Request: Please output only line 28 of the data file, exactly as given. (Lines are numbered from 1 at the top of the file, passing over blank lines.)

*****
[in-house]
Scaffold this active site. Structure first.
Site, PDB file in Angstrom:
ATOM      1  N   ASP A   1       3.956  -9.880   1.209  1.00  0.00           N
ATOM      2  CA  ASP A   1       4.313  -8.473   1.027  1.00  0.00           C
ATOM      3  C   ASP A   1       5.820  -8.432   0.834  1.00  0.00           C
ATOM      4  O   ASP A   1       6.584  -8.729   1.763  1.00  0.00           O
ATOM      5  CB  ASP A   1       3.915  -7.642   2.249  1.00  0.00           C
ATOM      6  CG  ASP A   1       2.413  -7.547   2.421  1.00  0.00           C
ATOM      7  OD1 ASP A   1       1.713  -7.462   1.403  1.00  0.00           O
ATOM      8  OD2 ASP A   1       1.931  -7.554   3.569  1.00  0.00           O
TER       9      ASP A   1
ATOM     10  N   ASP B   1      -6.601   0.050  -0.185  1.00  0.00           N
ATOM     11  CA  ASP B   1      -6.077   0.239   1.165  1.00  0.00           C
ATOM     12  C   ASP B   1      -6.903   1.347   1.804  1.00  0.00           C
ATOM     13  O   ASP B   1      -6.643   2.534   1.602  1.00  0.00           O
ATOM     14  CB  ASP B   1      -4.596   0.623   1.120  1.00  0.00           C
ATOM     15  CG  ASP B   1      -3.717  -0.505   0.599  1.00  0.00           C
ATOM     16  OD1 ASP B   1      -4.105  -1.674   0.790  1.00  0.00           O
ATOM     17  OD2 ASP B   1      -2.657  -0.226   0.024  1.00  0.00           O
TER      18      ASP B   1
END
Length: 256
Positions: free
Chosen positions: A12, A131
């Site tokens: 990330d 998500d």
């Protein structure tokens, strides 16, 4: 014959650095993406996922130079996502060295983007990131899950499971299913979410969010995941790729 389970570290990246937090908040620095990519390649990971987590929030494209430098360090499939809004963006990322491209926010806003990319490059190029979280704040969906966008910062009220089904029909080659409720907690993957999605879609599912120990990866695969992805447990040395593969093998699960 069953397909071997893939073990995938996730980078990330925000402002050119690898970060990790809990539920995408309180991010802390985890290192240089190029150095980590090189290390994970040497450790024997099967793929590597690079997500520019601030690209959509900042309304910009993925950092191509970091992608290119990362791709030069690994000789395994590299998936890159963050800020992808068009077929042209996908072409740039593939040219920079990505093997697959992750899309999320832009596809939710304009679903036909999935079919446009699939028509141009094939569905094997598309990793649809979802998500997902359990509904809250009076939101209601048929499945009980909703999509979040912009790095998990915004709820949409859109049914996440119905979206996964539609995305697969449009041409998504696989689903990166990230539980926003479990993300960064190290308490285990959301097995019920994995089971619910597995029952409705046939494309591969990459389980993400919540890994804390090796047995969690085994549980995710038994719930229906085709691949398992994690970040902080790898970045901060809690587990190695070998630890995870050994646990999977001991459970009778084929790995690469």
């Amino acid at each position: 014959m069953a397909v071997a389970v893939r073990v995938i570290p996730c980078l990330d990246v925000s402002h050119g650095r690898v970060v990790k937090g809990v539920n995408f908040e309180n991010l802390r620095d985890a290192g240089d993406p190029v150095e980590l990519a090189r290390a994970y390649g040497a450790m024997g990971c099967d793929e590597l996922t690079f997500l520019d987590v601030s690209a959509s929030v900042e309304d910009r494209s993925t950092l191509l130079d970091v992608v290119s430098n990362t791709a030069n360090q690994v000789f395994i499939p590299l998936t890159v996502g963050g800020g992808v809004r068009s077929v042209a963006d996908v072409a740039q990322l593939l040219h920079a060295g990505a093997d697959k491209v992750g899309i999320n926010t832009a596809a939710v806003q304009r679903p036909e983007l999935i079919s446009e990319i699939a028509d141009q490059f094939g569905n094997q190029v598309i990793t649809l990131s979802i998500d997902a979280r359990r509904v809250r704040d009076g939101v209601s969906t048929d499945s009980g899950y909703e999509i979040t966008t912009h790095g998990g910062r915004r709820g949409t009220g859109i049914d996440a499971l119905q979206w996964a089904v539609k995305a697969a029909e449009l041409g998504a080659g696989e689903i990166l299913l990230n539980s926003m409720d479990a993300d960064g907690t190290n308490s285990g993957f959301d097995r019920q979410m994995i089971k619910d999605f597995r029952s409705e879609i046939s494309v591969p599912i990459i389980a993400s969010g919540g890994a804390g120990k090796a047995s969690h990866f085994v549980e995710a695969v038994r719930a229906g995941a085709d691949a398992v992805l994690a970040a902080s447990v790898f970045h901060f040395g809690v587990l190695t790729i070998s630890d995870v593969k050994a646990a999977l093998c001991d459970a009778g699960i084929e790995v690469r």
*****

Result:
């Amino acid at each position: 014959m069953a397909v071997a389970v893939r073990v995938i570290p996730c980078l990330d990246v925000s402002h050119g650095r690898v970060v990790k937090g809990v539920n995408f908040e309180n991010l802390r620095d985890a290192g240089d993406p190029v150095e980590l990519a090189r290390a994970y390649g040497a450790m024997g990971c099967d793929e590597l996922t690079f997500l520019d987590v601030s690209a959509s929030v900042e309304d910009r494209s993925t950092l191509l130079d970091v992608v290119s430098n990362t791709a030069n360090q690994v000789f395994i499939p590299l998936t890159v996502g963050g800020g992808v809004r068009s077929v042209a963006d996908v072409a740039q990322l593939l040219h920079a060295g990505a093997d697959k491209v992750g899309i999320n926010t832009a596809a939710v806003q304009r679903p036909e983007l999935i079919s446009e990319i699939a028509d141009q490059f094939g569905n094997q190029v598309i990793t649809l990131s979802i998500d997902a979280r359990r509904v809250r704040d009076g939101v209601s969906t048929d499945s009980g899950y909703e999509i979040t966008t912009h790095g998990g910062r915004r709820g949409t009220g859109i049914d996440a499971l119905q979206w996964a089904v539609k995305a697969a029909e449009l041409g998504a080659g696989e689903i990166l299913l990230n539980s926003m409720d479990a993300d960064g907690t190290n308490s285990g993957f959301d097995r019920q979410m994995i089971k619910d999605f597995r029952s409705e879609i046939s494309v591969p599912i990459i389980a993400s969010g919540g890994a804390g120990k090796a047995s969690h990866f085994v549980e995710a695969v038994r719930a229906g995941a085709d691949a398992v992805l994690a970040a902080s447990v790898f970045h901060f040395g809690v587990l190695t790729i070998s630890d995870v593969k050994a646990a999977l093998c001991d459970a009778g699960i084929e790995v690469r």